Despite women in tennis being as talented as their male counterparts, the gender debate is one that has attached itself to the sport for decades now. While players such as Bobby Riggs, John McEnroe and Ilie Nastase often voiced criticism for women in the game, one player has boldly promoted equality, both on the court and off.
Britain's Andy Murray, who currently holds second place among the world's best players, believes more male athletes should support women in tennis.
"I just don't get is why it wouldn't be something that tennis players are proud of, like, to be the only sport [where the men's and women's game and earnings] are even comparable. That's positive," he said in an interview with Elle magazine.
"We still have so many issues, but it's something that tennis players should celebrate."
His feminist views may have something to do with his early years when he was first coached by his mother Judy Murray, a former champion junior player who coached the Scottish national team and later became the British women's Fed Cup captain.
"She had lots of different jobs. She was a tennis coach; she used to run tournaments for kids at our local club," Murray recalled. "For a while, she and my gran ran the toy shop in the village where we lived, and she used to deliver sweets and stuff to newsagents."
In 2014, the 30-year-old became the first male top player to hire a female head coach -- former world number one player Amélie Mauresmo.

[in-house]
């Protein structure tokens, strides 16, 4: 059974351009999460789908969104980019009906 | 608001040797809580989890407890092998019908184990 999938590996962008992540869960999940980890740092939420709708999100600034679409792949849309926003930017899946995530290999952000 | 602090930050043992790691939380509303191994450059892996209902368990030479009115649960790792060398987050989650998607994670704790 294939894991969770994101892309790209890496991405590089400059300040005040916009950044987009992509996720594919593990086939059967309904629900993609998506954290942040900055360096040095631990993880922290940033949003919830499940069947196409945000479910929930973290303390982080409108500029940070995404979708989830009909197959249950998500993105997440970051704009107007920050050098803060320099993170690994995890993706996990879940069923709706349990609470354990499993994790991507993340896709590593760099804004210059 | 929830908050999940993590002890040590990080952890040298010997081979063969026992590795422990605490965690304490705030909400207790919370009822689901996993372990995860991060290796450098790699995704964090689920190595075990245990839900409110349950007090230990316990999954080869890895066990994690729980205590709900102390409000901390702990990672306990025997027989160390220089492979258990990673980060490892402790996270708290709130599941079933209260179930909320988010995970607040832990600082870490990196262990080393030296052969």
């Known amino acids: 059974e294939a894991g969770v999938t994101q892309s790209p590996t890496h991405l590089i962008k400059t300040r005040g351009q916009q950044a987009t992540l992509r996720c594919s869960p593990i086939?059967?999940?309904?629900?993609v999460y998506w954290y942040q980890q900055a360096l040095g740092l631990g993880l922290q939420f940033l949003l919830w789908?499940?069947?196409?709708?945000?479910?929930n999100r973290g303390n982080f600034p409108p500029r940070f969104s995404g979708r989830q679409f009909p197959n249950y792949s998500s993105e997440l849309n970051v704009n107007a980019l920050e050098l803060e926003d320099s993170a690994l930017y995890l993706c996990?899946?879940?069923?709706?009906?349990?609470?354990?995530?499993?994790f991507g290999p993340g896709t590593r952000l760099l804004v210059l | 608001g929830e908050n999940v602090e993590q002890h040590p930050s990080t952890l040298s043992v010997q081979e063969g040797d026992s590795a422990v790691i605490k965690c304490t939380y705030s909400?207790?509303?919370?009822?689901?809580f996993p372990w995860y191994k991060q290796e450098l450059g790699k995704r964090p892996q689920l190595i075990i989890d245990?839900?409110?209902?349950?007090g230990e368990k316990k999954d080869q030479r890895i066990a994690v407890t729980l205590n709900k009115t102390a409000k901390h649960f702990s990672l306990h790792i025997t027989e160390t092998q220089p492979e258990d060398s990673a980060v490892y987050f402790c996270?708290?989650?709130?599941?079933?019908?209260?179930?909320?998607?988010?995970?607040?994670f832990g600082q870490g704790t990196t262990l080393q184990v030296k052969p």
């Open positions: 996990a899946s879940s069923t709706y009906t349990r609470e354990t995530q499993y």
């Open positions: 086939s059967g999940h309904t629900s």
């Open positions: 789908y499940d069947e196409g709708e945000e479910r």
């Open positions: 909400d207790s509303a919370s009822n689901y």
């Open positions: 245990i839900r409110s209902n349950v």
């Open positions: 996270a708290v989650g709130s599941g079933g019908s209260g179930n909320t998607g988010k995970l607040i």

"Some argue, Oh, well, she's a woman, so she can't understand the men's game," he opined of female coaches in general. "But then how can a man understand the women's game? I obviously grew up getting coached by my mum, so I didn't see any issue. But even I—when I came on the professional tour, there were no men coached by women, so looking for a coach, you assume you're looking for a man, but when you get older you realise... well, no, it doesn't have to be that way."
His decision did not go down well with people in the sport, with one player calling it a "this game that you're playing with the press".
"Maybe you should tell them tomorrow that you're considering working with a dog," the person said at the time.
Mauresmo earned criticism for every loss Murray suffered. "The amount of criticism she got in comparison to any other coach I've ever worked with—it's not comparable at all," he said. "Now, when I lose a match, I get the blame. When I was working with her, it was always her fault."
The three-time Grand Slam tournament winner who previously had no qualms about accepting the tag of 'feminist' believes that arguments that female players are too emotional to be equaled to male players are false.
"There's a perception that women don't handle pressure as well as men do, but it's not true," he explained. "A lot of the top men are very, very emotional on the courts. Not all of them. But some of them. And I would be one. I don't handle my emotions particularly well in comparison to a lot of the women. If you talked about the worst- behaved tennis players, most of them would be men."